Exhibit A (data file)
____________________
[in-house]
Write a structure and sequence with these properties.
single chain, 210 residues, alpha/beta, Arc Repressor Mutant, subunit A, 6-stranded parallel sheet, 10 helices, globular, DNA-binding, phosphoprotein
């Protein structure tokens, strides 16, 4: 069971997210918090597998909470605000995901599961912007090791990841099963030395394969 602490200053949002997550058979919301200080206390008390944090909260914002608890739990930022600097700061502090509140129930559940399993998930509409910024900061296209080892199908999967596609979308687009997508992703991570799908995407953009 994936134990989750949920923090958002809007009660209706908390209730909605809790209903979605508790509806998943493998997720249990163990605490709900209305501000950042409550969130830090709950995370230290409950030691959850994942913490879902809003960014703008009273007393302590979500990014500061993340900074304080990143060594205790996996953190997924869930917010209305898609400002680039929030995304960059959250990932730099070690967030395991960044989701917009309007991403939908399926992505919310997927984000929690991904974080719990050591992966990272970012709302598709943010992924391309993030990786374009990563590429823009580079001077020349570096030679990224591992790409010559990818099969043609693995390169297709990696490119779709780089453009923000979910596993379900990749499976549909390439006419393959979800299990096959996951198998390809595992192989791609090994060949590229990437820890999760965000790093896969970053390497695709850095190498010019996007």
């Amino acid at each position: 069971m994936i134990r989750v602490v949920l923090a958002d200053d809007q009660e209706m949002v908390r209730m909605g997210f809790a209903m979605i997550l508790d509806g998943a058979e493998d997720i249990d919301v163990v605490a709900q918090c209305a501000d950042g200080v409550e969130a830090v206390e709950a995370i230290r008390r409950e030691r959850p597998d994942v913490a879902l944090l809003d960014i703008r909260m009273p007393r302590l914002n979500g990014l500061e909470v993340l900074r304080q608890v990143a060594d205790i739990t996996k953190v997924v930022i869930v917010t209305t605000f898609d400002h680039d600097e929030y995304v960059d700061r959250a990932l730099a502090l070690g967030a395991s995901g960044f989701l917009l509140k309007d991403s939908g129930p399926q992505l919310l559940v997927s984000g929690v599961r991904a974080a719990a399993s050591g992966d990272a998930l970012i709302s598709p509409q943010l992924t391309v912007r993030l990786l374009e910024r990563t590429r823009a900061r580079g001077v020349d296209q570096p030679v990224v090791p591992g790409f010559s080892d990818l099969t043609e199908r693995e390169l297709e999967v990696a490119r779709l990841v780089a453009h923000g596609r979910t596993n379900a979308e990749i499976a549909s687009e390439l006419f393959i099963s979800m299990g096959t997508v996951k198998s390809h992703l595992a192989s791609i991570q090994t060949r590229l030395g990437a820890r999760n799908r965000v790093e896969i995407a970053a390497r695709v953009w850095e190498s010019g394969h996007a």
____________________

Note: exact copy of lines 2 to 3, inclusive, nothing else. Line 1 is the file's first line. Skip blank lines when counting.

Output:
Write a structure and sequence with these properties.
single chain, 210 residues, alpha/beta, Arc Repressor Mutant, subunit A, 6-stranded parallel sheet, 10 helices, globular, DNA-binding, phosphoprotein